Let’s start with expectations from the real world. If I spend more on a car, I get more. Examples abound: I don’t have to insert a key to start my high-priced beauty; the car senses the key and I press a button to start the engine. Temperature is automatically adjusted to preferences set long ago, and seats mold to my body at the press of a button. Budget cars have none of these niceties. The Ozer Paradox is unique to the high-technology space and refers to the paradoxical reality that as technical products get more expensive, they become less polished and harder to use. While not universal, this dynamic is pervasive enough to deserve recognition and hopefully resolution.
Similarly, if you spring for first-class airfare, you speed through a separate line at security, board first, and drink single malt scotch in a cushy seat while the sweaty rabble slowly board in back. Spend more (or get a lucky upgrade), and you get more.
With technology products, the reverse is true. I first noticed this years ago while reviewing analog capture cards for PC Magazine. Consumer cards that sold for $300 had installation wizards, printed quick-start guides, and polished interfaces. Cards that cost $3,000 came in a plain white box with a floppy disk with drivers you installed manually — no wizards, no manuals, no interface.
In 2012, I was comparing enterprise encoders with consumer encoders. One enterprise encoder was so rough that you couldn’t click a button to encode a disk-based file; you had to type in a URI (uniform resource identifier). There was no way to check FTP or S3 credentials without starting the encode, leading to multiple encoding errors. Other similar rough edges made the $5,000 enterprise-class encoder infinitely harder to use than even a free product such as HandBrake.
I just finished testing multiple webcast and live streaming products, some of which cost $1,200 per event. I also tested YouTube Live. Guess which interface was more polished? With one webcaster, you couldn’t preview the video in a player other than the viewing page (which didn’t become live until 15 minutes before the event) without asking for this feature in advance. That’s like shaving, showering, and dressing for the biggest interview of your life without being able to check yourself in a mirror. You literally had to call an engineer and ask him or her to check audio and video quality.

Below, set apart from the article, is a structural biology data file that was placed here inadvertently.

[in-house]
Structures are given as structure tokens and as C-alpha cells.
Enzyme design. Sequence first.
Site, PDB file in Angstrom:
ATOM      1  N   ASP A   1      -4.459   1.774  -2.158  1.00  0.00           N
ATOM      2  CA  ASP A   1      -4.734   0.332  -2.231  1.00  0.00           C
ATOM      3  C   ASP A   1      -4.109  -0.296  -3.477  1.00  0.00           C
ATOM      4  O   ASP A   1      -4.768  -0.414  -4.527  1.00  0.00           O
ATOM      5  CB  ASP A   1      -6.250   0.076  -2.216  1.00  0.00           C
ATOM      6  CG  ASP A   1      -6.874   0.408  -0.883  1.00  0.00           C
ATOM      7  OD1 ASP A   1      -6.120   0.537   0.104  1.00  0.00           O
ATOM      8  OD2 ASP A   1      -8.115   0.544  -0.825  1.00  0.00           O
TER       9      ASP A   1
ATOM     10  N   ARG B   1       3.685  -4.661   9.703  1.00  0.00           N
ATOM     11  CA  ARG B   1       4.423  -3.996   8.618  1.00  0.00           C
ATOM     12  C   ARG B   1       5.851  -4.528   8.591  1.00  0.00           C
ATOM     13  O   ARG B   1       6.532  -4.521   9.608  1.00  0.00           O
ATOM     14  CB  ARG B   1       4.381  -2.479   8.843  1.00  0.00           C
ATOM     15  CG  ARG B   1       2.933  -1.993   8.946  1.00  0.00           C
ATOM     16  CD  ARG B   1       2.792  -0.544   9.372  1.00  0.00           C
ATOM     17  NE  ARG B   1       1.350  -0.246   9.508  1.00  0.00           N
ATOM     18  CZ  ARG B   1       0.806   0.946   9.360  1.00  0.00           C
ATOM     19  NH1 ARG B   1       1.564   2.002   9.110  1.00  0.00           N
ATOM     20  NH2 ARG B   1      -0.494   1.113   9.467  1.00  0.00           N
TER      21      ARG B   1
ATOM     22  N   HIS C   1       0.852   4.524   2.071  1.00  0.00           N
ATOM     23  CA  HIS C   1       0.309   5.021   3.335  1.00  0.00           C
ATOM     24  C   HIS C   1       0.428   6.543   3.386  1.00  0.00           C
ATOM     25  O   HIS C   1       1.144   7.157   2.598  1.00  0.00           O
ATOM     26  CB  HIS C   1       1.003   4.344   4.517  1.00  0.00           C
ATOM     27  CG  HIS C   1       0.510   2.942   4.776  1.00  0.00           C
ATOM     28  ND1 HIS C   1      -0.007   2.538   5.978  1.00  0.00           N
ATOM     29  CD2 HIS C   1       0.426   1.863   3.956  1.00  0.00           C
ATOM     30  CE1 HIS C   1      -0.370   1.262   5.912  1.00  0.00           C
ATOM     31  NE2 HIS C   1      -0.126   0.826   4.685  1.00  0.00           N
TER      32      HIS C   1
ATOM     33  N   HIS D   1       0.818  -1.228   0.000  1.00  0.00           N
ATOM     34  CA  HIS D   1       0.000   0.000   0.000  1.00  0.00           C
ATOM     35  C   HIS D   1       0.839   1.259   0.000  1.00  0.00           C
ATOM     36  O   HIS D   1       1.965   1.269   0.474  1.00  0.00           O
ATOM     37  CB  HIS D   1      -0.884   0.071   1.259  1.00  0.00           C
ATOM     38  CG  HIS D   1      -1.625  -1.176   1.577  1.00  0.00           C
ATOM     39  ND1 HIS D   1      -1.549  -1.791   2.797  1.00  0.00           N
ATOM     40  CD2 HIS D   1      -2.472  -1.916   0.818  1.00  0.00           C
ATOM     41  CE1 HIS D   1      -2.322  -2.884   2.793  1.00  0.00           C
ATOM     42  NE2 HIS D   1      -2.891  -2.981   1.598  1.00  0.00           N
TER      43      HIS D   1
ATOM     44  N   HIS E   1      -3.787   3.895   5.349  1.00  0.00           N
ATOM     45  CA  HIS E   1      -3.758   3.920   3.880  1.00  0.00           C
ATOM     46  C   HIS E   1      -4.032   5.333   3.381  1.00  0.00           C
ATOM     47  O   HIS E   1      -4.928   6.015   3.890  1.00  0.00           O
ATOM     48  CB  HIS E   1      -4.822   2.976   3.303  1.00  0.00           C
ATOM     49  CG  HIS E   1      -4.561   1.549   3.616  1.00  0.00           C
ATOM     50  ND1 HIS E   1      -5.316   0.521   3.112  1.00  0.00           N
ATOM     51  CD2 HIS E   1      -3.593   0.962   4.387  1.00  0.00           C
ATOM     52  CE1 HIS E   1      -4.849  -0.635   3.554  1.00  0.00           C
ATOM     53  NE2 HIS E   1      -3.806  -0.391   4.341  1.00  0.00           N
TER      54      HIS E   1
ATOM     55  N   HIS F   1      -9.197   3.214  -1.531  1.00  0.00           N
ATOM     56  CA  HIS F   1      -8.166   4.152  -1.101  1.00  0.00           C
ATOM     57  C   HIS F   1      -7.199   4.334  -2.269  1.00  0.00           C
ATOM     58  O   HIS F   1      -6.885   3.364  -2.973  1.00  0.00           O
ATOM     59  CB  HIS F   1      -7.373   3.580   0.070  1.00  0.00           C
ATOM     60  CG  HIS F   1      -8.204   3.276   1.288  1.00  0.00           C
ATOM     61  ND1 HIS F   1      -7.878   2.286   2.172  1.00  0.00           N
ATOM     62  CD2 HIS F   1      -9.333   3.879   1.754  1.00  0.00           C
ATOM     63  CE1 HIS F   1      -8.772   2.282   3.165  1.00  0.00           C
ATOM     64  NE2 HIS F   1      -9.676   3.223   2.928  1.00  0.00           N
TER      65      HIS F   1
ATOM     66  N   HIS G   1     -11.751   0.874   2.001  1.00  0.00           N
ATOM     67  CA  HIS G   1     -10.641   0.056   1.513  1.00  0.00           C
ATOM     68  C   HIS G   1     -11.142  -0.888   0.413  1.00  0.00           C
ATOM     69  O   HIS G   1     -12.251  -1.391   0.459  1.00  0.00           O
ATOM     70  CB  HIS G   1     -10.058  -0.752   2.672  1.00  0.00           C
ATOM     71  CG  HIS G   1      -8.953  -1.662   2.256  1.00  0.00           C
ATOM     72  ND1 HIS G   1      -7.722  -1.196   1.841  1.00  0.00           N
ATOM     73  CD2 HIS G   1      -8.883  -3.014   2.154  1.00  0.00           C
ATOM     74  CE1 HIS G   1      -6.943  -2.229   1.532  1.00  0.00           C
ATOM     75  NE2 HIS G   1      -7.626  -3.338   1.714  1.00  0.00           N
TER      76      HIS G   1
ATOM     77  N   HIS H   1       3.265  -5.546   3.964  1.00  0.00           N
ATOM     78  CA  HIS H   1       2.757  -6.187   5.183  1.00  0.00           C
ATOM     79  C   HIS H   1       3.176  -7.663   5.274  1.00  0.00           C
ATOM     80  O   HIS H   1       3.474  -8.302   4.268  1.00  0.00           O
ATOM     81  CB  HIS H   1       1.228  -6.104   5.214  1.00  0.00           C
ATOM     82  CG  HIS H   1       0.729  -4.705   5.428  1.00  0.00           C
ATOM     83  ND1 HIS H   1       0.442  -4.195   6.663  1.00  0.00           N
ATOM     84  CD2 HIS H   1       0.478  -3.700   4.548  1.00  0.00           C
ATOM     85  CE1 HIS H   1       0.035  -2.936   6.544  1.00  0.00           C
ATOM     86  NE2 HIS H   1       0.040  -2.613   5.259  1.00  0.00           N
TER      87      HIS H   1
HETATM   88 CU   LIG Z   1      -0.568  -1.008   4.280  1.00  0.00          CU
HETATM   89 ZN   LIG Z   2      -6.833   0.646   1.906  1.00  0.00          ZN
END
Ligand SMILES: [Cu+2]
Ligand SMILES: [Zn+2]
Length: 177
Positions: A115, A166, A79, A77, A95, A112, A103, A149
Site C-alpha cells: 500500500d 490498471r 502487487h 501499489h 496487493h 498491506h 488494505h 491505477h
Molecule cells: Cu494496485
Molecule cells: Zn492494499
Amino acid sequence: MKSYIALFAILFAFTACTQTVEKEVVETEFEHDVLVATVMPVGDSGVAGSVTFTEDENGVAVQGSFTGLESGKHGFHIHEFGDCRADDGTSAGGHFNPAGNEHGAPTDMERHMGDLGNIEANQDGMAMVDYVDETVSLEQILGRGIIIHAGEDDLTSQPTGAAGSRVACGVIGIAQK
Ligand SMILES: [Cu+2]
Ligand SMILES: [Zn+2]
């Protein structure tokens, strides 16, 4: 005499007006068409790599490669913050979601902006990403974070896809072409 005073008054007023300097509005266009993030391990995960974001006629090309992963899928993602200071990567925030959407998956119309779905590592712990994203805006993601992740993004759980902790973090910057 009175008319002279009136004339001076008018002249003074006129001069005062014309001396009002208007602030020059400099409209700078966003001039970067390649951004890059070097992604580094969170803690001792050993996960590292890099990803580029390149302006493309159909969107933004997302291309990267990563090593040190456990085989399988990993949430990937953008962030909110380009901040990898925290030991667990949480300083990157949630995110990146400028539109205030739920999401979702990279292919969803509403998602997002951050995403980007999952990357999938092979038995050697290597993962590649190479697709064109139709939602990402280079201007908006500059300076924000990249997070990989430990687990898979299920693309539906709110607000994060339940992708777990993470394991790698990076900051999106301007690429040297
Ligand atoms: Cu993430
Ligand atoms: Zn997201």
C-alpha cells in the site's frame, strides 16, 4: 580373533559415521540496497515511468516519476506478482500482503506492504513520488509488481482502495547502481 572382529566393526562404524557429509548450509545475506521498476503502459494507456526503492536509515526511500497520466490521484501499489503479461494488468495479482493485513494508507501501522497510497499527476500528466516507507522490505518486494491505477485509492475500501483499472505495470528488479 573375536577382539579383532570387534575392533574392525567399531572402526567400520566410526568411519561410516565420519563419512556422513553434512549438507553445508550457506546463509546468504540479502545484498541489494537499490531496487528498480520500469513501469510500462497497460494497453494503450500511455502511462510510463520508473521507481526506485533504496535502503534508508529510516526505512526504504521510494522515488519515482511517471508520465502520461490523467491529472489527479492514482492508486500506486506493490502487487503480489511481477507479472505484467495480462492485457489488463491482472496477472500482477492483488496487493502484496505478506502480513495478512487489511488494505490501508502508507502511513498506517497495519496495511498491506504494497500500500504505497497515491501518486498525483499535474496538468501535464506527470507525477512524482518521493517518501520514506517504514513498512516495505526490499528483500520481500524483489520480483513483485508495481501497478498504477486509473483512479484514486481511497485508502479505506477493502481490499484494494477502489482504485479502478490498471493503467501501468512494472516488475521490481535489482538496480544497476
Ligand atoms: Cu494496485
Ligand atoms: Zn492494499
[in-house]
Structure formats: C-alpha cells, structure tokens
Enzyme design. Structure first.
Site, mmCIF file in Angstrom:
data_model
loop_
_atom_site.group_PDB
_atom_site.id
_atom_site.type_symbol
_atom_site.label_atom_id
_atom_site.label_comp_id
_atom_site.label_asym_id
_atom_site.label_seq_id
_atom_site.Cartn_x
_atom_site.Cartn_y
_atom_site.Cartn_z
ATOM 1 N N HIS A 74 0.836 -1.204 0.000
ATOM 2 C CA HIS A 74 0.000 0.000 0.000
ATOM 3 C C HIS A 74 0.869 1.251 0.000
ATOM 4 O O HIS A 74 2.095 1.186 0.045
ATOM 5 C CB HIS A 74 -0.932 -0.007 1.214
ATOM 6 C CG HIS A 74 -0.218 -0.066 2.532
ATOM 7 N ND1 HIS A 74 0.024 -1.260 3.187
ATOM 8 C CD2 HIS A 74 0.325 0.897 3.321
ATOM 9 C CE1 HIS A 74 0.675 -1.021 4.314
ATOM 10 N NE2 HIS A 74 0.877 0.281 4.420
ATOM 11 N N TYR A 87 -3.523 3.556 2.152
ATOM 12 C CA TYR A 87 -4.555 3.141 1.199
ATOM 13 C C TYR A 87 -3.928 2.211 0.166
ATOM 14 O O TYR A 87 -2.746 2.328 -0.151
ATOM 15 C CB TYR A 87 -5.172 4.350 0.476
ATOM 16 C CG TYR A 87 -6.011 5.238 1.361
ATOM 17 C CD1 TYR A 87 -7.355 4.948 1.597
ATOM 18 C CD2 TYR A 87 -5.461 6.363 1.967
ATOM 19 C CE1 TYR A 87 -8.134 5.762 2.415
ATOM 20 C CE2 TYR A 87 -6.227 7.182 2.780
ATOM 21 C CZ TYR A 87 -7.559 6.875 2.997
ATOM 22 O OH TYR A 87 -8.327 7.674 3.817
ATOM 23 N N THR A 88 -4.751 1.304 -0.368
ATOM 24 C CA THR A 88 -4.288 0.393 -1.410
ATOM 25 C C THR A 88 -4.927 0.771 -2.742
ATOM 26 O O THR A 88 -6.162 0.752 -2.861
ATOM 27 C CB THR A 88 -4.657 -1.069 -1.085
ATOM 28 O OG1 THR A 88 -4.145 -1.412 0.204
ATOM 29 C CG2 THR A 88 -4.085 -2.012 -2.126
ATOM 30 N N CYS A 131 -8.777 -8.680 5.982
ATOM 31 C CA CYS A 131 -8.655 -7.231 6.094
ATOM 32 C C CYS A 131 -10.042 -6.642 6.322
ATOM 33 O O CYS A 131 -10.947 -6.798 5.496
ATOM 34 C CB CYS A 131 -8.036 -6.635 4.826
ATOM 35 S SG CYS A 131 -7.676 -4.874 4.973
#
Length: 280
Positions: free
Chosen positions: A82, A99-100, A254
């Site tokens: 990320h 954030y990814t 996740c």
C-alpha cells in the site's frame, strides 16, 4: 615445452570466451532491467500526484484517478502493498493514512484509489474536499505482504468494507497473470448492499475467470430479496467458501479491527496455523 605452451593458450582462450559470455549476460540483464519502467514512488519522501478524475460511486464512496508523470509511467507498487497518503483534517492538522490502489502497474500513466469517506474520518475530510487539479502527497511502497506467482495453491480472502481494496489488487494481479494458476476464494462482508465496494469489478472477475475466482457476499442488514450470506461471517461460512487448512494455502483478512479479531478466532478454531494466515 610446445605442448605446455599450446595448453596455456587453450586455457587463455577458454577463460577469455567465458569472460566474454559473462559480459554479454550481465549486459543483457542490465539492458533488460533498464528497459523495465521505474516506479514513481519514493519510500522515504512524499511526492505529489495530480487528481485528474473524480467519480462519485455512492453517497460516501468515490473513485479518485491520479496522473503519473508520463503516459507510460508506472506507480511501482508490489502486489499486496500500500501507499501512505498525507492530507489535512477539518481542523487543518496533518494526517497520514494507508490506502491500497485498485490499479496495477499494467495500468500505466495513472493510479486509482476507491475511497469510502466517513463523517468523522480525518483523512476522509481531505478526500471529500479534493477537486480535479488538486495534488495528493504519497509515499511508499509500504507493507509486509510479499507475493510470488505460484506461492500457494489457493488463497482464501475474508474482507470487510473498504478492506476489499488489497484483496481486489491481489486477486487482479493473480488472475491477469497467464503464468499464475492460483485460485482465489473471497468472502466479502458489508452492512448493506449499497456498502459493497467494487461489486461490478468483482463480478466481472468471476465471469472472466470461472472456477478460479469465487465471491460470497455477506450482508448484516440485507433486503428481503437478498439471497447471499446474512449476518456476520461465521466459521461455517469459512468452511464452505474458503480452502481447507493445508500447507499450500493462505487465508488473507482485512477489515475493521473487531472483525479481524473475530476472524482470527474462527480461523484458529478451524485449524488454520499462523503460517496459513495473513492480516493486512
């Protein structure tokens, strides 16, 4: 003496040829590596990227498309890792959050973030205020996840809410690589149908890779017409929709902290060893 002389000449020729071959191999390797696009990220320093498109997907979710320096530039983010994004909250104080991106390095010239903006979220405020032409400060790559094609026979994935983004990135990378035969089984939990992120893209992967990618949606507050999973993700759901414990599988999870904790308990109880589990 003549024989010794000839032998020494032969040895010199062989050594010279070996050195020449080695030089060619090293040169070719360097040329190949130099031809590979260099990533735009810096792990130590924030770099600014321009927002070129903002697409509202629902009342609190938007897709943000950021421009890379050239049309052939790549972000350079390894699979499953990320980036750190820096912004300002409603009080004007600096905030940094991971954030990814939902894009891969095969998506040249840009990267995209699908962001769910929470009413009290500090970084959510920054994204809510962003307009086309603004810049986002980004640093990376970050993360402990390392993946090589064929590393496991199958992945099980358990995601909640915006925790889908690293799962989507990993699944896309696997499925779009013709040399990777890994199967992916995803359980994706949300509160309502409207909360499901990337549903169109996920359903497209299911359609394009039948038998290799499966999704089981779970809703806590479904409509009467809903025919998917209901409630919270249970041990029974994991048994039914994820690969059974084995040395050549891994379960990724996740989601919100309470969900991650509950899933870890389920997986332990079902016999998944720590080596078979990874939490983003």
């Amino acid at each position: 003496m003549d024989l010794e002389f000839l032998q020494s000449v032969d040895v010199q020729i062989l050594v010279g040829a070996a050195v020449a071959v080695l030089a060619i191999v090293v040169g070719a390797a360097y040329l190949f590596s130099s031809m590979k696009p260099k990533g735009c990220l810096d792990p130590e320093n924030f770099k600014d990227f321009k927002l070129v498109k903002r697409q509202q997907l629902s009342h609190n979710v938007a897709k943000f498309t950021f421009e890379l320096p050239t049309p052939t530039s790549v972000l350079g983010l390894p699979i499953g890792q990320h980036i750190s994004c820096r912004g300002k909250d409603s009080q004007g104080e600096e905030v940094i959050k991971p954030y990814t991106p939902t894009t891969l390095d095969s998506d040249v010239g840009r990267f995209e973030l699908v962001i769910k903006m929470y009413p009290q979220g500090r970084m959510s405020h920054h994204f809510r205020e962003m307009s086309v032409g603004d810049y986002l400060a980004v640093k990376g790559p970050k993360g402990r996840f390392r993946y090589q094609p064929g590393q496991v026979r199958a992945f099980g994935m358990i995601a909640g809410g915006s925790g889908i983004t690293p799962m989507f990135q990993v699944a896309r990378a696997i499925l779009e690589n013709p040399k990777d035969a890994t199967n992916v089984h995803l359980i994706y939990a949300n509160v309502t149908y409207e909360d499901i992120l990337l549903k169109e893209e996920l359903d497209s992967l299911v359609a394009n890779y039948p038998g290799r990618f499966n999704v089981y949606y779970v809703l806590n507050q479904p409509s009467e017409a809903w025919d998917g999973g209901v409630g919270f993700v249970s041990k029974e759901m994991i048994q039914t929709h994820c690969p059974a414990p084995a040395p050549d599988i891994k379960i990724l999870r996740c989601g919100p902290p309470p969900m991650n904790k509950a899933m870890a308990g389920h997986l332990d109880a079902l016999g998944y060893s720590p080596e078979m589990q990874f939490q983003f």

With another service, you couldn’t preview without going live; its suggested strategy was to embed the player in a nonpublic page for preview and insert the embed code into the actual viewing page just before the event. Pretty smooth, eh? That same service wouldn’t provide the server credentials inserted into your streaming encoder until you were 30 minutes from going live, preventing you from testing these links the day before. YouTube Live hands over server credentials when you create the event, which can be days in advance, and allows full preview in the control room before going live.
When presented with this paradox, software producers respond that the target user for the expensive product is more technical and so can handle a more complicated interface. That may be true if you’re producing routers, but there are no university-trained compression professionals. Instead, compression-related products and services are configured by everyone from the IT guy to the video gal, with web professionals and broadcast engineers in between. We need simple.
Software producers also argue that more expensive products have more features, thus the more complicated interface. Perhaps that’s true, but it’s still no excuse not to make basic operations such as preview and obtaining server credentials as simple and flexible as possible.
Understanding YouTube’s motivation is easy. YouTube Live is a free service; if it doesn’t make the service brain-dead simple, users will scream and it won’t get used. So it clearly made every effort to identify the common pain points and to make its operation as smooth as possible. It’s simply paradoxical that companies charging good coin for their products and services don’t make the same effort.